One crucial thing all new drivers learn in their first year on the road: you cannot control what other drivers are going to do. However, as time goes on, many people don’t retain these skills and simply become reactionary on the road. After your years of white-knuckling the wheel have passed you by, defensive driving still holds true – and it is just as important as that first day you sat in the driver’s seat.
Defensive driving matters. By practicing defensive driving, you’re putting yourself in a proactive position rather than simply reacting to the potential hazards on the roads. You are putting yourself and the other drivers and passengers around you in a safer position by constantly retaining awareness of your surroundings. For example, always try to look 15 seconds ahead to anticipate hazards. This practice of defensive driving reduces the likelihood of a collision, may reduce fuel consumption, and ensures a smooth ride for you and your passengers (anyone who gets car sick knows this is very important).
So, what can you do to ensure you are driving defensively? Let’s throw it all the way back to driver’s ed. Here are our best tips for defensive driving, Metromilers.
Our Best Defensive Driving Tips
1. Maintain a 3-second gap between you and the car in front of you.
- You never know when someone is going to slam on their brakes!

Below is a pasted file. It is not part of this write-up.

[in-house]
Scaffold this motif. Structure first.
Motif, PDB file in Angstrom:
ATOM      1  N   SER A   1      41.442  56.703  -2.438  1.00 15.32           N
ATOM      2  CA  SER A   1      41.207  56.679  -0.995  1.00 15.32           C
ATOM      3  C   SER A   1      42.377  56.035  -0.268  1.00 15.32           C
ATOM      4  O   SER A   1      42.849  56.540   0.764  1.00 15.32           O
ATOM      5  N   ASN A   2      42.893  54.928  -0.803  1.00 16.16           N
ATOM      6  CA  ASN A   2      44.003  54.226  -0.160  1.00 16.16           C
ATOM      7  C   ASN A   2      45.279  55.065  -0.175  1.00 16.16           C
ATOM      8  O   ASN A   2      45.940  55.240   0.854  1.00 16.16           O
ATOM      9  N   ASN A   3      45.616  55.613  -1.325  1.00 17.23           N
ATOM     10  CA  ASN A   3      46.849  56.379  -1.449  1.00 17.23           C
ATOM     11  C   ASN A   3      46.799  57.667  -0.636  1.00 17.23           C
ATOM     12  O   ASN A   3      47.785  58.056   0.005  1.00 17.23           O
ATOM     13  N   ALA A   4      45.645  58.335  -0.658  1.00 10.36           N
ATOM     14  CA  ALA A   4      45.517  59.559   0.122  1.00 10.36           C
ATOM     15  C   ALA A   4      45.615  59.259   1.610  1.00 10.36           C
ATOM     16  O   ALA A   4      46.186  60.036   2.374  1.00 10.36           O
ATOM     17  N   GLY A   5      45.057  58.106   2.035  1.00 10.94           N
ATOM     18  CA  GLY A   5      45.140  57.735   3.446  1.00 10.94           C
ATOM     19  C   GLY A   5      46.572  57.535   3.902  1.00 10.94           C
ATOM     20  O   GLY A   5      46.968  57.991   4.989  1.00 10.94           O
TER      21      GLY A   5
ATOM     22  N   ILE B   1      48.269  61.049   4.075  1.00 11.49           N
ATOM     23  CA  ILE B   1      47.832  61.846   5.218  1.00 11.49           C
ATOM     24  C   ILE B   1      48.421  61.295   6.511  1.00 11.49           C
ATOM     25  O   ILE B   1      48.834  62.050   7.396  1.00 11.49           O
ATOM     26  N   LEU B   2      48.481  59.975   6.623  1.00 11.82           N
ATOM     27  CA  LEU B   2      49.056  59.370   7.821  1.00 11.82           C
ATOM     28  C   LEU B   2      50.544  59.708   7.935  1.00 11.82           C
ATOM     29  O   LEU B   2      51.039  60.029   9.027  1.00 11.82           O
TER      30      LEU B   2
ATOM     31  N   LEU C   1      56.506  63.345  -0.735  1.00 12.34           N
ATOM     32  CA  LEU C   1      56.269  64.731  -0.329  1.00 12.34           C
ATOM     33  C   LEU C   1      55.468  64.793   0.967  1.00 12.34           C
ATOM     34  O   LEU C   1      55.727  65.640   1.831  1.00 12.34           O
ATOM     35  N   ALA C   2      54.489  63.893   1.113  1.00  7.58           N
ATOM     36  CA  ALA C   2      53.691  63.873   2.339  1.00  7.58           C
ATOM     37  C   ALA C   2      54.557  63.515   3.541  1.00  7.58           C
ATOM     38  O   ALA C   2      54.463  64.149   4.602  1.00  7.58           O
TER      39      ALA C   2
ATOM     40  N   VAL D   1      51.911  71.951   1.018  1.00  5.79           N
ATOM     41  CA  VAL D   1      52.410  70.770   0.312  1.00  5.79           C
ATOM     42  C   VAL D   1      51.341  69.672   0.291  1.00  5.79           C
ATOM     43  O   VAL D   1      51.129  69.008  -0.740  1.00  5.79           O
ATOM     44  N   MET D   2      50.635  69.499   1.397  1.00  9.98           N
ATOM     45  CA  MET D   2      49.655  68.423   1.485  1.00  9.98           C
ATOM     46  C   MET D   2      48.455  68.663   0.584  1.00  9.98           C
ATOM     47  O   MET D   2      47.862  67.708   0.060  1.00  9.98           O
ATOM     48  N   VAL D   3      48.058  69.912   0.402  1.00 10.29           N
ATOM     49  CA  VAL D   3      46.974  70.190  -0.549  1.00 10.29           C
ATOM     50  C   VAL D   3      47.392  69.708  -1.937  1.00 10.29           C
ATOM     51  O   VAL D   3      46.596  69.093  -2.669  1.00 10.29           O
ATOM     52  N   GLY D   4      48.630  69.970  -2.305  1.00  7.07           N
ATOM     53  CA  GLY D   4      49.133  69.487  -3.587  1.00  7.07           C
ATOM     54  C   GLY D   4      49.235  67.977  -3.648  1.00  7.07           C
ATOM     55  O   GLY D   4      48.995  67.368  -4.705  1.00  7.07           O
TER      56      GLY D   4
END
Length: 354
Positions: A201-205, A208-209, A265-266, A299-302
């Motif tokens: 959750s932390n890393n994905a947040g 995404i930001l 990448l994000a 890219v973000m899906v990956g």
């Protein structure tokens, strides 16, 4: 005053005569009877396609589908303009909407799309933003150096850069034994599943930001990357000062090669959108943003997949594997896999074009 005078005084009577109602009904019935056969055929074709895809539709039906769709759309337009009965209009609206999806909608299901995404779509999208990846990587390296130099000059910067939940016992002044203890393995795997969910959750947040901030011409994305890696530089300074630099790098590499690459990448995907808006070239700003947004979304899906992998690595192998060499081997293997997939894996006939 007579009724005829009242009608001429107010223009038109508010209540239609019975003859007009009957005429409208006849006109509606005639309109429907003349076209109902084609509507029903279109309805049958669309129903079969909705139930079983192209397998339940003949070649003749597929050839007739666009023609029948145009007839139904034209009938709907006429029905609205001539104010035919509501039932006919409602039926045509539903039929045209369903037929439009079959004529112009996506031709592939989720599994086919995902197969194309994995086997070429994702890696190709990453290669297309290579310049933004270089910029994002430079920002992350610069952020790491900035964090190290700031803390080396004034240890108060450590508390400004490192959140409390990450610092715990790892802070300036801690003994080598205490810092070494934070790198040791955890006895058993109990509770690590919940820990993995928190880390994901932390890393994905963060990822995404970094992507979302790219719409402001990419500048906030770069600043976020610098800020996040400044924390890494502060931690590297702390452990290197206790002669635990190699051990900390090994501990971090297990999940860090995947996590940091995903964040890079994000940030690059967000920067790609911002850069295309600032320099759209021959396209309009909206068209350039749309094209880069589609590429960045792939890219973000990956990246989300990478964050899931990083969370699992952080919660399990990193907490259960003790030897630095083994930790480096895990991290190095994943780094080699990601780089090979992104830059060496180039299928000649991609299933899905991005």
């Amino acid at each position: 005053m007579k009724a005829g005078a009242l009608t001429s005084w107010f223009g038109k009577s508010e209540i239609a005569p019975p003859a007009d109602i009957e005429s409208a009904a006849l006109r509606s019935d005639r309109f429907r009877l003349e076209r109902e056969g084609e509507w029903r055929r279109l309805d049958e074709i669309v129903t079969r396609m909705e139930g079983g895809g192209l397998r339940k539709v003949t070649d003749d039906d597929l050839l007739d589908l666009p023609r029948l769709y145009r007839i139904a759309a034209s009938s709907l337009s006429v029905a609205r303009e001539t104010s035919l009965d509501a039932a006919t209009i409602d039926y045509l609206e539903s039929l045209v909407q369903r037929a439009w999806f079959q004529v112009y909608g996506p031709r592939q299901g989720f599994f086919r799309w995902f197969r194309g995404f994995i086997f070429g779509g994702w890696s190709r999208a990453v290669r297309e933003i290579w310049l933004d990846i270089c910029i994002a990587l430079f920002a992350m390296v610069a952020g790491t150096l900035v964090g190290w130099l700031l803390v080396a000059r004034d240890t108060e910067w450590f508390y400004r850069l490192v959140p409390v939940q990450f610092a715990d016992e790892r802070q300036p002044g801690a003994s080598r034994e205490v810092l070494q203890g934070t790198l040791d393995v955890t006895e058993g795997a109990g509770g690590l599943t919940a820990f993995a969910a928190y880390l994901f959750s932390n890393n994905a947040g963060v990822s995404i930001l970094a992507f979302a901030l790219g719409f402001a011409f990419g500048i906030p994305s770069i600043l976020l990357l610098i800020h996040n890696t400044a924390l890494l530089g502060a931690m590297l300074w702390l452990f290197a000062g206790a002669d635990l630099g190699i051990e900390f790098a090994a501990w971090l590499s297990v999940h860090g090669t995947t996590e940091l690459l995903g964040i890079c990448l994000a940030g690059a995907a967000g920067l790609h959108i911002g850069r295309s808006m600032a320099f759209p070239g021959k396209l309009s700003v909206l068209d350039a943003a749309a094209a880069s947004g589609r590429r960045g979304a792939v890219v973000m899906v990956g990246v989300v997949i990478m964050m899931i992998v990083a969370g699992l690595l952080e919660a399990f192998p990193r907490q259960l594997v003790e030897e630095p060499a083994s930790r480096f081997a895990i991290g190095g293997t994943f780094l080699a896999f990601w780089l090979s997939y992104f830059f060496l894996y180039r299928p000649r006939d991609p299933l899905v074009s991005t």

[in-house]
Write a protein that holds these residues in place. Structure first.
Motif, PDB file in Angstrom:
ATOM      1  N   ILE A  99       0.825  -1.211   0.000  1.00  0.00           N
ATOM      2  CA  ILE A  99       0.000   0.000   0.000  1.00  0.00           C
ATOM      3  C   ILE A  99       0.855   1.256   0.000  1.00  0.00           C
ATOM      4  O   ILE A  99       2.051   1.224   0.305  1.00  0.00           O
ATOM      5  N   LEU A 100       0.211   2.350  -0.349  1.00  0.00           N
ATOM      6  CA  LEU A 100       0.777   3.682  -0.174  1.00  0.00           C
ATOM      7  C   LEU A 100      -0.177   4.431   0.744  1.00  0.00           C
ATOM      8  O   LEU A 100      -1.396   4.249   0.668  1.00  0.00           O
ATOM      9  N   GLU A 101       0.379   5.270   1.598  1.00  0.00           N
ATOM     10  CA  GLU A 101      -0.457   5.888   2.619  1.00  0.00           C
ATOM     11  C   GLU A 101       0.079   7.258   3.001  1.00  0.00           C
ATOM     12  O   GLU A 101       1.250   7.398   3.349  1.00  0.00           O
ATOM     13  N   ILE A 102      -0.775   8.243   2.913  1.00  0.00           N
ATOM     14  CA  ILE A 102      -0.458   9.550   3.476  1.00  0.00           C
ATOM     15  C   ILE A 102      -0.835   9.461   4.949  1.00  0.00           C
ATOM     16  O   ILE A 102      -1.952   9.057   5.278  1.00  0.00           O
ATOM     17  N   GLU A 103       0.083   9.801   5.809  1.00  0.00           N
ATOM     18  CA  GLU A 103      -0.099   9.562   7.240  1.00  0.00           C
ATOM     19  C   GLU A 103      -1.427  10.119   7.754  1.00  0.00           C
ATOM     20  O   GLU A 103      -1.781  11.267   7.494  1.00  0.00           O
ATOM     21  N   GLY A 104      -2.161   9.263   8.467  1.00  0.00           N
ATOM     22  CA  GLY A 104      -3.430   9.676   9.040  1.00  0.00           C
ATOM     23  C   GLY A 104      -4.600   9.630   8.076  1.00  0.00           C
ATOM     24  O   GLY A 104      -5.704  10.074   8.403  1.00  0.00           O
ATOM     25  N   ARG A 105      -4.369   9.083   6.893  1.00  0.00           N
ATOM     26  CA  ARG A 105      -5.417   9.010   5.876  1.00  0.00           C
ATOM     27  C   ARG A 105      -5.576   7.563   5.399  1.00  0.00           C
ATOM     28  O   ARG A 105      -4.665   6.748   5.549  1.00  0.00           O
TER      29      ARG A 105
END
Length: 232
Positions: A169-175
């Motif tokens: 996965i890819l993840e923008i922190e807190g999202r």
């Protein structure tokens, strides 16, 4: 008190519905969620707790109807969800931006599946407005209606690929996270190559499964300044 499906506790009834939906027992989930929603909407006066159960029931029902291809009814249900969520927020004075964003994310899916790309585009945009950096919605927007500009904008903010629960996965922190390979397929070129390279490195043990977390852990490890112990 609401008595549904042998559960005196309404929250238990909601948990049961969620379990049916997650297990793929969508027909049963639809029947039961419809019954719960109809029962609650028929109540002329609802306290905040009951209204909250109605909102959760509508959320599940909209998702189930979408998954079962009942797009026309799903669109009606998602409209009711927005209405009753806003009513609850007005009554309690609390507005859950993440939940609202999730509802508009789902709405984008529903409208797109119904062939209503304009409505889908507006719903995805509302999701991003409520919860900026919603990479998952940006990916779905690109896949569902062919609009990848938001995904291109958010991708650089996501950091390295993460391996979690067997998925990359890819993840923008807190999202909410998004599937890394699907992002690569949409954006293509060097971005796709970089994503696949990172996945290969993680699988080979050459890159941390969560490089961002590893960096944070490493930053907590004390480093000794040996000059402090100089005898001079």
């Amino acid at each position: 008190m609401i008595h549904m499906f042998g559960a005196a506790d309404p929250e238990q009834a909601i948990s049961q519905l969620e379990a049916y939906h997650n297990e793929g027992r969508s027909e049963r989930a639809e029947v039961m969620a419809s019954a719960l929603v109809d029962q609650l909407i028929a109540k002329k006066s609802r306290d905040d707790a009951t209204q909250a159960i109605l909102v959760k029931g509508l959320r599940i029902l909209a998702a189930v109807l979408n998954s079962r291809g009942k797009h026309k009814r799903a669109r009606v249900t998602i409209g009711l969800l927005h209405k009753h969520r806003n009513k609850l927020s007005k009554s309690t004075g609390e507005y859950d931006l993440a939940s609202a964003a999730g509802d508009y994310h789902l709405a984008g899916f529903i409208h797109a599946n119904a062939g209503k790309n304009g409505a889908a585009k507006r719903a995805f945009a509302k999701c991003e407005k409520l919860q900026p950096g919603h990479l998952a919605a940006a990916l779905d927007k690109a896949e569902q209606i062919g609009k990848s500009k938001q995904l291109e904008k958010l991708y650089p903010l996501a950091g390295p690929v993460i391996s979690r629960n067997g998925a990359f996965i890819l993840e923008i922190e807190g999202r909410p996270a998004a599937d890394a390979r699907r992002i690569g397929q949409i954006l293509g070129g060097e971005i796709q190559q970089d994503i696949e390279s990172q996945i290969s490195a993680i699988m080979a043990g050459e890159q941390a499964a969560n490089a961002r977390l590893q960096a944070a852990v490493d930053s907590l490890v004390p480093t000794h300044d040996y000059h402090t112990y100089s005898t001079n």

2. Always use your turn signal; signal early and signal often.
- This is especially important when changing lanes, because the other drivers on the road can’t read your mind and are focused on staying in their own lane! Also, try to minimize lane changes, if possible.
3. Know where you want to go.
- If you’re confused and lost, there’s no doubt that the other drivers around you on the road are feeling your confusion. Sudden braking, speeding up, and sudden lane changes or turns are a recipe for disaster. The worst thing you can do is drive around aimlessly. If you’re lost or turned around, pull over and figure out your route before getting back on the road.
4. When you’re following behind someone, look through their windshield at the car in front of them.
- This will give you even more of an opportunity to brake slowly if traffic suddenly slows or stops.
5. Be courteous of others.
- If someone is trying to merge, slow down to let them in instead of speeding past.
6. Do not drive if you’re feeling tired, angry, or upset.
- These feelings and emotions affect your decision-making process and may make you less aware or cognizant of others on the road.
Remember: until self-driving cars are a reality, behind every wheel is another human who can make mistakes. A defensive driver does not solely focus on their actions, but anticipates the actions of others on the road. As always, we’re here if you have questions about your current policy or are thinking of making the switch to Metromile! Be safe, drive defensively, and see you on the roads!
Julianne Cronin is a Bay Area freelance writer, content creator, and founder/editor of the women’s lifestyle site, The Wink. You can find her working on her capsule wardrobe, collecting cacti, and trying out the latest beauty products on Instagram.